Posted by: lokahipath | June 21, 2011

Gov. Abercrombie asks BLNR, LUC, to resign

HONOLULU — Hawai‘i Gov. Neil Abercrombie sought resignations from members of five key state boards and commissions who were appointed by former Gov. Linda Lingle, and he’s leaving his picks in place, his administration confirmed to The Associated Press on Monday.

Abercrombie sent letters last week asking for the voluntary resignations of 28 people who are members of the Aloha Stadium Authority, Public Utilities Commission, Board of Land and Natural Resources, Land Use Commission and Hawai‘i Public Housing Authority.

The governor said he needs collaboration among state agencies so he can achieve his goals for maintaining public housing facilities, developing a statewide vision for sporting events and changing management policies for the state’s limited land resources.

“It’s important that all boards and commissions have the opportunity to have a fresh start, so they can work in alignment with other state agencies and move quickly on important issues,” Abercrombie said in a statement Monday. “The people of Hawai‘i voted for a change in direction, a New Day. I need the opportunity to move forward with a team dedicated to that proposition.”

The Democratic governor said his request for resignations isn’t a reflection on board members’ service or personalities.

Those board members not asked to resign include Public Utilities Commission Chairwoman Hermina Morita, the only Abercrombie appointee to these panels so far confirmed by the state Senate.

Others exempt from the resignation request are three members of the Hawai‘i Public Housing Authority — the governor’s representative to the board, Debbie Shimizu; the Department of Human Services representative, Deputy Director Pankaj Bhanot; and the attorney general’s representative, Krislen Chun.

Five other members on the HPHA board were asked to resign, and the board has four vacancies.

All nine members of the Aloha Stadium Authority, six members of the Board of Land and Natural Resources, two members of the Public Utilities Commission and six members of the Land Use Commission were asked to step down.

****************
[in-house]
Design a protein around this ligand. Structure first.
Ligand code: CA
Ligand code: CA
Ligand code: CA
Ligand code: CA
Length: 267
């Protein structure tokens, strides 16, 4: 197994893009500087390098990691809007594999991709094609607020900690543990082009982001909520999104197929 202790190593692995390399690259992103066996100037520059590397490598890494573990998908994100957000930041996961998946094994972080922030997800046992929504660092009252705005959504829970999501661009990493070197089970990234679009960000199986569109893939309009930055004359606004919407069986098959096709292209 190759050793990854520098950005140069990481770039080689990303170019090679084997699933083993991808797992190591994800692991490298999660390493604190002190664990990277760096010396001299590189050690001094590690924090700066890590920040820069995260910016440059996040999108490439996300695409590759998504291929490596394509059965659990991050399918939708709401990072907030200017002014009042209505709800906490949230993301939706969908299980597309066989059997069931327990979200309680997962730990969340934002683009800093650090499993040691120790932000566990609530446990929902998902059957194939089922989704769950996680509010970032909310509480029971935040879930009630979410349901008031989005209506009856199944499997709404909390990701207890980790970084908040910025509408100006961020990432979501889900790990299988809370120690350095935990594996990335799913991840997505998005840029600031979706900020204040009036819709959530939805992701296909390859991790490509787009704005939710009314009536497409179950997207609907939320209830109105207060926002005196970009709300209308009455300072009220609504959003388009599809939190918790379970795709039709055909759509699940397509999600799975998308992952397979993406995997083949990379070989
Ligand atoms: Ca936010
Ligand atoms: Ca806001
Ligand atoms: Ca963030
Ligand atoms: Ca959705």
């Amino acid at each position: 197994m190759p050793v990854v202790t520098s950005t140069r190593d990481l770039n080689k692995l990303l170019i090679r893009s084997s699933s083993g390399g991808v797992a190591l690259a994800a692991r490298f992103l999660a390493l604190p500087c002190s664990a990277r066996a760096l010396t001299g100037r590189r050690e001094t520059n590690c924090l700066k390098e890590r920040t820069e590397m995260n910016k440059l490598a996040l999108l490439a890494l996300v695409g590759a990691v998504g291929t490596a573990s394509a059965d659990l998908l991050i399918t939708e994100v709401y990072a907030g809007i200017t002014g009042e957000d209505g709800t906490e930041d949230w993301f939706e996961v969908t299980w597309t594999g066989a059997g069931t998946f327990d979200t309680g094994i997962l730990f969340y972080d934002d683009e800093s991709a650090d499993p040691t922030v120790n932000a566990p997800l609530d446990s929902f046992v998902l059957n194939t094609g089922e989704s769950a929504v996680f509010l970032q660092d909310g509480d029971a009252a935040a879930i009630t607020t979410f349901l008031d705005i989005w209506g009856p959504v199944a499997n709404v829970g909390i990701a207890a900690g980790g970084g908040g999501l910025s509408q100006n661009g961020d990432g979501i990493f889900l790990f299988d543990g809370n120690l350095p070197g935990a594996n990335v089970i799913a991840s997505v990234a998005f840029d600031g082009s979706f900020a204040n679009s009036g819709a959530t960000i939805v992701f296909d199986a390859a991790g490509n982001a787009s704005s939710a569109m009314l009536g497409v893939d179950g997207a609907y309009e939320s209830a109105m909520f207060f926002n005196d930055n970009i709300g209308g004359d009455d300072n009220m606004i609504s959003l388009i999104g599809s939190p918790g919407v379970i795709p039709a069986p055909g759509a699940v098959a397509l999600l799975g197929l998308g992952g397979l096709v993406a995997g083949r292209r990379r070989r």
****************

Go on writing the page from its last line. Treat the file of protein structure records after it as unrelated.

A seat on the Board of Land and Natural Resources and three spots on the Land Use Commission are vacant.

None of the 28 people being asked to quit have a legal obligation to do so, and many of them have terms that don’t expire until 2014.

Most were appointed to four-year terms by Lingle, a Republican who served eight years in office before Abercrombie was elected in November.

At least one person so far has signaled an intention to resign, said Abercrombie spokeswoman Donalyn Dela Cruz.

Governor defends requests to resign

He says his asking appointees to quit does not reflect the quality of service

By Star-Advertiser staff

POSTED: 01:30 a.m. HST, Jun 21, 2011

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Gov. Neil Abercrombie said Monday that his request that more than two dozen appointed members of state boards and commissions resign was not a reflection of their service or an issue of personalities.

The Democratic governor sent letters last week to 28 appointees of the state Public Utilities Commission, Land Use Commission, Public Housing Authority, Board of Land and Natural Resources and the Stadium Authority. The appointees were selected by former Gov. Linda Lingle, a Republican, and confirmed by the state Senate.

The governor said he took the step to gain more flexibility in implementing his “A New Day in Hawaii” plan.

The appointees do not have to resign and can choose to remain until their terms expire, he said. “Our administration needs to be able to work collaboratively with our boards and commissions to get work done in the public’s best interest,” Abercrombie said in a statement.

“This includes a new approach to maintaining our public housing units so residents can live safely and with dignity; developing a statewide vision for our sporting events and venues; and changing our policies for managing and utilizing our limited resources and land.

“As with the Board of Education, it’s important that all boards and commissions have the opportunity to have a fresh start, so they can work in alignment with other state agencies and move quickly on important issues.

“My request for individuals to voluntarily resign is not a reflection of their service nor an issue of personalities. The people of Hawaii voted for a change in direction; a New Day. I need the opportunity to move forward with a team dedicated to that proposition.”

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